Sidney Powell And Mike Lindell Are Using Dominion’s Defamation Suit To Boost The Election Fraud Claims That Got Them Sued

A judge heard arguments on Thursday on efforts by Powell, Lindell, and Rudy Giuliani to get Dominion’s lawsuits dismissed.

WASHINGTON — Donald Trump allies Sidney Powell and Mike Lindell used a court hearing Thursday to make clear they aren’t backing off baseless election fraud conspiracy theories — even as they argued for a judge to dismiss billion-dollar lawsuits that accuse them of defamation for pushing those very same claims.

Powell, Lindell, and former Trump lawyer and adviser Rudy Giuliani were all sued earlier this year by Dominion Voting Systems Inc, a private company that contracts with local governments to provide election software and equipment. The trio had spent the weeks after the November election promoting baseless theories that Dominion had been part of a scheme to rig the contest for President Joe Biden. The company took them to court.

A federal judge in Washington heard arguments Thursday on motions filed by Giuliani, Lindell, and Powell to have the cases tossed out. Giuliani’s arguments dealt less with the substance of Dominion’s defamation claim; he’s taking issue with how the company alleged it was harmed financially as a threshold issue. But lawyers for Powell and Lindell delved into the question of whether Dominion had cleared the bar at this stage of the case to argue they’d acted with “actual malice,” a key issue in defamation cases.

During the four-hour hearing, lawyers for Powell and Lindell indicated their clients continued to back the baseless statements about Dominion’s operations and the 2020 election that had landed them in court. These false claims had included that Dominion was founded to aid the late Venezuelan dictator Hugo Chavez in manipulating votes and that the company was part of a scheme to flip votes for Trump to Biden.

Powell’s lawyer Howard Kleinhendler, who worked with her on her unsuccessful post-election “Kraken” legal challenges, argued that Powell had relied on information from experts and that they weren’t “alleging out of thin air that the voting machines changed votes.” (There is no evidence that machines changed votes.)

“We are showing you some smoke,” Kleinhendler said.

Lindell continued to believe he was right about the election and would prove it, his lawyer Andrew Parker told the judge on Thursday, but insisted the forum for that was the “marketplace of ideas” and not a courtroom. Parker argued that Lindell’s position was bolstered by the fact that there were ongoing government investigations into the election, alluding to an effort led by Republican lawmakers in Arizona to examine ballots and voting equipment; that “audit” cannot change the outcome of the election.

Parker cited previous instances where various public officials had questioned whether electronic voting systems were vulnerable to being hacked. US District Judge Carl Nichols pushed back on that argument, saying that raising general concerns about election security and accusing a company of intentionally committing voter fraud were “just wildly different kinds of statements.”

Nichols is one of the newest judges on the federal district court in Washington, DC; he was nominated by Trump. Cases are randomly assigned to judges when they’re filed, and the fact that a case involves the president who appointed a particular judge is typically not grounds for recusal.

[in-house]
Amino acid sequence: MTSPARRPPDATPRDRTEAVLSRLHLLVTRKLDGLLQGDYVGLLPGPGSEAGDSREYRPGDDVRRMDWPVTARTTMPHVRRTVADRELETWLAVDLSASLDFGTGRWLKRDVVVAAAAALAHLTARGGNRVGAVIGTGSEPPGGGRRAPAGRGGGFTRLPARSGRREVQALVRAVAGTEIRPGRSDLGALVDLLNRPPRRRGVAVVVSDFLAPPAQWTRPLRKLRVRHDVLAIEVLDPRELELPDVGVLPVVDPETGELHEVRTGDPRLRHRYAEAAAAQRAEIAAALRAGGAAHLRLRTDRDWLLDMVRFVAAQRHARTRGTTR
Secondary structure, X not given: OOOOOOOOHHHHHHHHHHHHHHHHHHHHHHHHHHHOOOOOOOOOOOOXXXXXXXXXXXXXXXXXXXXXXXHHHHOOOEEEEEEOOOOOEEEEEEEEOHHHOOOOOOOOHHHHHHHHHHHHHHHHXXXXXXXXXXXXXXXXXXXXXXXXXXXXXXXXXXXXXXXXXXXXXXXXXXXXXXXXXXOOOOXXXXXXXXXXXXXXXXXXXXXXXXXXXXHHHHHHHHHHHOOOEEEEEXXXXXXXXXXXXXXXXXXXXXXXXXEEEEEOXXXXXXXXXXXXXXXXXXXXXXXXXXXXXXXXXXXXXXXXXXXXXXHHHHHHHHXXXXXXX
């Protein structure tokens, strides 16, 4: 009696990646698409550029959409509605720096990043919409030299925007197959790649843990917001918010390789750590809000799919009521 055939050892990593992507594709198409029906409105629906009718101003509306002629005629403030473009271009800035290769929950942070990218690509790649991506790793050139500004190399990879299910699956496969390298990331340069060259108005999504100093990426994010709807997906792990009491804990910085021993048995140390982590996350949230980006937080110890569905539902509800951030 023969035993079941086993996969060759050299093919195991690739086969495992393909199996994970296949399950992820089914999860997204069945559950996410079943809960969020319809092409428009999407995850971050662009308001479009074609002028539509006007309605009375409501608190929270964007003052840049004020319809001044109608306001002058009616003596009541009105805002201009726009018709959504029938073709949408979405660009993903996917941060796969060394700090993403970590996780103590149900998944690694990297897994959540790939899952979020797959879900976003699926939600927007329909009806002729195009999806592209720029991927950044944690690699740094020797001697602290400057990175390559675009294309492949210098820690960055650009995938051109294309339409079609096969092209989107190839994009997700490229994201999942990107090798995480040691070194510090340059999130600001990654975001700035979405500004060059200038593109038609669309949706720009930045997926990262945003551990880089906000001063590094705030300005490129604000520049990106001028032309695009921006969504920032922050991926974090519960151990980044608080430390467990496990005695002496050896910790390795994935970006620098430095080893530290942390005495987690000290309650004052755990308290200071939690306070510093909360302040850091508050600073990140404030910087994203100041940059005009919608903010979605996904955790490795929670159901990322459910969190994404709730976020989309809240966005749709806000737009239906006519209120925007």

Powell and Lindell were in the courtroom on Thursday for the hearing; Giuliani was not. Earlier in the day, a New York court had suspended him from practicing law in the state because of the role he’d played in spreading lies about the election.

The malice issue leapfrogs the question of whether what Powell, Lindell, and Giuliani said was true or not, or if they were presenting information as their opinion, which would be protected against a defamation claim, as opposed to a fact. In defamation cases, “malice” is a specific legal term that refers to whether someone knew what they were saying was false, or acted with “reckless disregard” to whether or not it was true.

Kleinhendler argued Powell couldn’t have acted with malice because in speaking publicly and in her post-election lawsuits, she’d relied on affidavits signed by witnesses who claimed to have proof that the election was tainted by fraud and that Dominion’s systems could be used to manipulate votes.

At one point in the hearing, Kleinhendler referred the judge to some of the affidavits cited in those lawsuits, all of which were dismissed or withdrawn. He described the author of one, conservative activist Russell Ramsland Jr., as a “very, very reputable person”; according to the Washington Post, Ramsland spent years trying to convince unsuccessful Republican candidates to challenge their losses using his various theories of election tampering.

Nichols noted that at least some of the statements that Dominion alleged were defamatory weren’t part of Powell’s lawsuits, prompting Kleinhendler to return to his argument about the lack of malice. Nichols also questioned Powell’s theory that comments were immune against a defamation claim as long as they were also part of a pending court case, asking Kleinhendler if that was true even if the speaker was touting “patently false statements” they’d also made in court.

Dominion attorney Tom Clare argued that Giuliani, Lindell, and Powell had repeatedly presented their claims about Dominion as fact across multiple platforms, far beyond a courtroom.

“These were statements made in press conferences, in rallies, on social media, on television, including after the very lawsuits that they’re referencing to the court were dismissed and after United States district courts told the world that ... the sources of these allegations were wholly unreliable,” Clare said.

Sarah Mimms contributed reporting to this story.

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